Instructor credentials are also an important part of any ABA approved paralegal program. Most classes are very small, with fewer than 20 students on average. The classes are also taught by licensed attorneys, providing students the chance to learn from an attorney who deals with the issues they are teaching on an almost daily basis. These classes provide students and instructors the chance to apply real-world knowledge to case studies discussed in the classroom, while also allowing students the opportunity to have greater amounts of personalized instruction. Ethics, always a hot topic in legal circles, is also emphasized in these classes. Much time is spent debating topics that show examples of unethical legal practices, letting students know what is right and wrong within the legal field. However, what sets ABA approved programs apart from others is the 120-hour externship required of all students. A requirement whether the program of study is done on-campus or online, each student must spend time working under the direct supervision of a licensed attorney or judge, which allows for tremendous amounts of real-world experience. In addition, it gives students the chance to network with attorneys and possibly find employment upon graduation.
ABA Paralegal Regulations
Just like attorneys, paralegals also must adhere to various rules and regulations set forth by local, state and federal governments. One of the most common concerns offering unauthorized legal advice to clients. While paralegals can assist attorneys with numerous tasks, there are some in which they may not take upon themselves.
These can include:
- Offering legal opinions or advice
- Representing clients in court
- Accepting new clients
- Setting legal fees for services
States hold paralegals to very strict standards, expecting them to uphold the highest standards of ethics and confidentiality. Paralegals who are found in violation of these standards can be fined, lose any special licensing or certifications they may possess, lose their jobs and in some cases be barred from further employment in the legal field.
Benefits of a Paralegal Career
For those who become an ABA paralegal, each day can represent new and exciting challenges. Whether it’s interviewing a client or witness regarding a personal injury lawsuit, assisting an attorney in court during a high-profile murder trial or representing a client at an administrative law hearing, a paralegal career can be both exciting and complex. However, for those who choose this as their career, they often say they would want to be doing no other job. Whether an ABA paralegal has a certificate or a Master’s degree in Paralegal Studies, each new case brings with it the chance to put their skills to the test. Using what has been learned in the classroom, along with the real-world knowledge gained through externships and working with an attorney, paralegals can be key players in the legal team of a client. Uncovering key facts after interviewing a witness, discovering important information through legal research and drafting complex contracts are all part of a day’s work for many paralegals.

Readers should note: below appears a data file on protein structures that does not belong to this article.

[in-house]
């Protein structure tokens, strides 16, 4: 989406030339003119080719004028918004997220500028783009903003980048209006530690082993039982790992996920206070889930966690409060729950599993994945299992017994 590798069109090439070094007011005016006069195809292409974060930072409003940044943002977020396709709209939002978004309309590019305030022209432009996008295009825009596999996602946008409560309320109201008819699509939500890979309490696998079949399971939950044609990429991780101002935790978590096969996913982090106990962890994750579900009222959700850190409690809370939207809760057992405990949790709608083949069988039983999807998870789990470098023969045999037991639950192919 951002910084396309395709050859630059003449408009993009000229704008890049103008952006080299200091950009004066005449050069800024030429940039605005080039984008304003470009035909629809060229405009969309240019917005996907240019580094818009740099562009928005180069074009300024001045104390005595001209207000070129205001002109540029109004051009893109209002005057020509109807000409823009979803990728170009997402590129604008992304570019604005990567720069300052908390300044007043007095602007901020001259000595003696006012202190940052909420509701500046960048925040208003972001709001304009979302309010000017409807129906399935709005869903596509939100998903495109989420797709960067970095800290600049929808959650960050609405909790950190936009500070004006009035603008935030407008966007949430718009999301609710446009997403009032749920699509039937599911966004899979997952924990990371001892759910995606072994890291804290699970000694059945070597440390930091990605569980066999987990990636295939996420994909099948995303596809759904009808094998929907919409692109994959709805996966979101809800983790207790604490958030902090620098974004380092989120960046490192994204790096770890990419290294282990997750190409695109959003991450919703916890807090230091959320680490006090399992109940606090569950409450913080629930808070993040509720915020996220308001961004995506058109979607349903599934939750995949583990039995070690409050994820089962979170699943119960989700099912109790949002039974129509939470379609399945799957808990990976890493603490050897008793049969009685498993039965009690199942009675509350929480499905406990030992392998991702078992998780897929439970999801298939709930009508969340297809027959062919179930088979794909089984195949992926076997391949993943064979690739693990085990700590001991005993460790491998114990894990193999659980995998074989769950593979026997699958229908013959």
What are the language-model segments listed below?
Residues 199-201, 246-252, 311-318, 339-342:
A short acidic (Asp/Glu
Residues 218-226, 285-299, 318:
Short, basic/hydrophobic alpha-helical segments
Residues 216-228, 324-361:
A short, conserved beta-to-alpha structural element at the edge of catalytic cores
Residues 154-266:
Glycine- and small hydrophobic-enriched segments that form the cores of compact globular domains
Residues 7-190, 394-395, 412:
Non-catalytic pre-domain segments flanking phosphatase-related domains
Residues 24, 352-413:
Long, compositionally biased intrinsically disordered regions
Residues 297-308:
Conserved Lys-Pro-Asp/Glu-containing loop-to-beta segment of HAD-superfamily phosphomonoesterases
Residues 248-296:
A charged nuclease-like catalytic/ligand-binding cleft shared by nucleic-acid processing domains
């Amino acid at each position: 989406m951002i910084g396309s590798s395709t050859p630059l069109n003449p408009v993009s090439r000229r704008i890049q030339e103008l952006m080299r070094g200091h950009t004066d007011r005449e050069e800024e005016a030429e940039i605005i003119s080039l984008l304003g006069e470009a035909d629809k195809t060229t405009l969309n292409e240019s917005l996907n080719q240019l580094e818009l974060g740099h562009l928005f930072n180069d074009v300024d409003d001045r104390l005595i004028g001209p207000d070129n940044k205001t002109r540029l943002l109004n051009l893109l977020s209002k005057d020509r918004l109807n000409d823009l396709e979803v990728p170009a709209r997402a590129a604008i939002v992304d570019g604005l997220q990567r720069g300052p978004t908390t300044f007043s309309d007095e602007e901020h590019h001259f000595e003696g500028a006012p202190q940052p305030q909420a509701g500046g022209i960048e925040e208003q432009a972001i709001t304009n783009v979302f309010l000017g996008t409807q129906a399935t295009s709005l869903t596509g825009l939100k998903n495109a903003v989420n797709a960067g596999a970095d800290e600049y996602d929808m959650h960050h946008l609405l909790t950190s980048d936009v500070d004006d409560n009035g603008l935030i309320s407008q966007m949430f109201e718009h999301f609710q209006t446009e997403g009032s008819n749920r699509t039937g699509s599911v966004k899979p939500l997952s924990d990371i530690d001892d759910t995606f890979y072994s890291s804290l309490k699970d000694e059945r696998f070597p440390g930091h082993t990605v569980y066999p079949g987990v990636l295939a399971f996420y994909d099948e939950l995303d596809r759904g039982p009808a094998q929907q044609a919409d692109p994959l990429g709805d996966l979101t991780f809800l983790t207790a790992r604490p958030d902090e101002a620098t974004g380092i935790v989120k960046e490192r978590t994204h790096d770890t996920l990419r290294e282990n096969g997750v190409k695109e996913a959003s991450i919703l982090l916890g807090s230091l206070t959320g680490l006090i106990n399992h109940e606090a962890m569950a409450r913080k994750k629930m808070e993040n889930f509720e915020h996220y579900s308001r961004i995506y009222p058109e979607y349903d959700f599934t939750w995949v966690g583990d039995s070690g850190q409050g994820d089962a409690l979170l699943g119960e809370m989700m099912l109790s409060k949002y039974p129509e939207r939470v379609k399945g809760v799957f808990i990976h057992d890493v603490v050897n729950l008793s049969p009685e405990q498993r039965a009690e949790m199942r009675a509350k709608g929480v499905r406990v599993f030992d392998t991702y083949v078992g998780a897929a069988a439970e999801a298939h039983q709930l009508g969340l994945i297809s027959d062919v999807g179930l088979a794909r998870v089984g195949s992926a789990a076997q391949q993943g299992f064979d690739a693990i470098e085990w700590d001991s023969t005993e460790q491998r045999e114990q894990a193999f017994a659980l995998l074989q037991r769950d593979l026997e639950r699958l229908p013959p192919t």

With average annual salaries of almost $47,000 and a job growth rate that is faster than the national average for other occupations, becoming an ABA paralegal is a smart choice for many people. Whether working in the legal department of a large corporation or at a legal aid society assisting those who cannot afford legal representation, a paralegal career can be both personally and professionally satisfying on many levels. The chance to help others solve their legal problems, while at the same time using a specialized set of skills, makes becoming an ABA paralegal well worth the time and effort needed.